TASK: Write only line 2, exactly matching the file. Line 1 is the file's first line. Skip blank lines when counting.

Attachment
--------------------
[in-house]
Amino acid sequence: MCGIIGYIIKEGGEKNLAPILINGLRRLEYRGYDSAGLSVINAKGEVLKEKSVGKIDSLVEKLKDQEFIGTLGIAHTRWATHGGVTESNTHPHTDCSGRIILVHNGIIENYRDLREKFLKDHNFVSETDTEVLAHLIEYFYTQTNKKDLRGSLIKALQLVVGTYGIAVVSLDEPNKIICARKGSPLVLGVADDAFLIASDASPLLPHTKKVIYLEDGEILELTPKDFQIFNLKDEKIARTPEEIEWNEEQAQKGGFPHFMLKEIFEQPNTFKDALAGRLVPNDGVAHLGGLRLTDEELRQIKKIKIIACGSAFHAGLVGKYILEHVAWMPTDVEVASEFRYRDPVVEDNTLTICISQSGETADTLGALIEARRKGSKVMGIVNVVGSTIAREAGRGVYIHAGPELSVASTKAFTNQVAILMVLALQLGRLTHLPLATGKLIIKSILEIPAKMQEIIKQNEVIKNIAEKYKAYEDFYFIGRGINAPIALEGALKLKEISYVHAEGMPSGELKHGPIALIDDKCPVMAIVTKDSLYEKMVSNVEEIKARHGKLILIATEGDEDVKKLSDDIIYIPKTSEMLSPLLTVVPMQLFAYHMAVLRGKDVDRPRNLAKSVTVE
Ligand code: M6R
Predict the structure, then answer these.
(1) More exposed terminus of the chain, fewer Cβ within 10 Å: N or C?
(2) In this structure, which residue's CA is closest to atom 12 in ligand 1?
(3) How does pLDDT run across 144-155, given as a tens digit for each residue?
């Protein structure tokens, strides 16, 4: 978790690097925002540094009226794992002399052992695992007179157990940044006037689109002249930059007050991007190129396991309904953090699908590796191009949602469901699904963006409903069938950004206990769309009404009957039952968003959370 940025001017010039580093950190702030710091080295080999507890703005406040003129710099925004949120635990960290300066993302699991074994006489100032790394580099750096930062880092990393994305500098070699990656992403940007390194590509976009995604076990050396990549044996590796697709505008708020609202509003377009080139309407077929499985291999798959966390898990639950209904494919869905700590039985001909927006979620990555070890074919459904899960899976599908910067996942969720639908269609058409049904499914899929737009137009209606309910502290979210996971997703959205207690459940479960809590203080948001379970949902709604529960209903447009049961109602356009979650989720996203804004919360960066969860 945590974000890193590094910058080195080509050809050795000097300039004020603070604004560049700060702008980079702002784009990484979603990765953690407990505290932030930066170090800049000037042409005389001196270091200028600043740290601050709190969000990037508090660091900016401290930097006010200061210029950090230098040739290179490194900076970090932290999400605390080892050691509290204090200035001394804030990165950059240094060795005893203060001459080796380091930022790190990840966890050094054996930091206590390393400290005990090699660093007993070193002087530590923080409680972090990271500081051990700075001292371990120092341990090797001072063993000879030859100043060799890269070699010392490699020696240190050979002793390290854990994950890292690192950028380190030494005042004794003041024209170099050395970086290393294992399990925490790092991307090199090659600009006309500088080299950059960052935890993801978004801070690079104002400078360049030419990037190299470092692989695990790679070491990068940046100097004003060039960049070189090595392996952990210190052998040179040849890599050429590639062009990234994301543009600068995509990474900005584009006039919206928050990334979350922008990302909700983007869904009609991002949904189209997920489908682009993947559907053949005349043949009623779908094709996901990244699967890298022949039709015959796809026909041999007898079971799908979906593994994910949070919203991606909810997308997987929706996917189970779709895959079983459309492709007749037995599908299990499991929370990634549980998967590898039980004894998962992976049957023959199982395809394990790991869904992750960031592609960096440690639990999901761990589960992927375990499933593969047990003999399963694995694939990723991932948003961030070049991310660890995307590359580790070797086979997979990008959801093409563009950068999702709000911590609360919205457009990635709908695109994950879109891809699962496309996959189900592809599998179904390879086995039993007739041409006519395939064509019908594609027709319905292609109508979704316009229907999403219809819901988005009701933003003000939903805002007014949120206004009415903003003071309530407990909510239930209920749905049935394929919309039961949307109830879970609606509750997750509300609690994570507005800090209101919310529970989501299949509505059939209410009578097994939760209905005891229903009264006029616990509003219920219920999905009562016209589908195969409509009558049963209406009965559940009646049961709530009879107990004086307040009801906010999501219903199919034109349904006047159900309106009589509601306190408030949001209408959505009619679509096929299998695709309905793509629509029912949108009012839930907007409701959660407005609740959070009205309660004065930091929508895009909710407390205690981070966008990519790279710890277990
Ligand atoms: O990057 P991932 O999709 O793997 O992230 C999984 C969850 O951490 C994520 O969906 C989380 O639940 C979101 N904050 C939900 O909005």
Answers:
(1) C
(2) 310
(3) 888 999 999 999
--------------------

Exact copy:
Amino acid sequence: MCGIIGYIIKEGGEKNLAPILINGLRRLEYRGYDSAGLSVINAKGEVLKEKSVGKIDSLVEKLKDQEFIGTLGIAHTRWATHGGVTESNTHPHTDCSGRIILVHNGIIENYRDLREKFLKDHNFVSETDTEVLAHLIEYFYTQTNKKDLRGSLIKALQLVVGTYGIAVVSLDEPNKIICARKGSPLVLGVADDAFLIASDASPLLPHTKKVIYLEDGEILELTPKDFQIFNLKDEKIARTPEEIEWNEEQAQKGGFPHFMLKEIFEQPNTFKDALAGRLVPNDGVAHLGGLRLTDEELRQIKKIKIIACGSAFHAGLVGKYILEHVAWMPTDVEVASEFRYRDPVVEDNTLTICISQSGETADTLGALIEARRKGSKVMGIVNVVGSTIAREAGRGVYIHAGPELSVASTKAFTNQVAILMVLALQLGRLTHLPLATGKLIIKSILEIPAKMQEIIKQNEVIKNIAEKYKAYEDFYFIGRGINAPIALEGALKLKEISYVHAEGMPSGELKHGPIALIDDKCPVMAIVTKDSLYEKMVSNVEEIKARHGKLILIATEGDEDVKKLSDDIIYIPKTSEMLSPLLTVVPMQLFAYHMAVLRGKDVDRPRNLAKSVTVE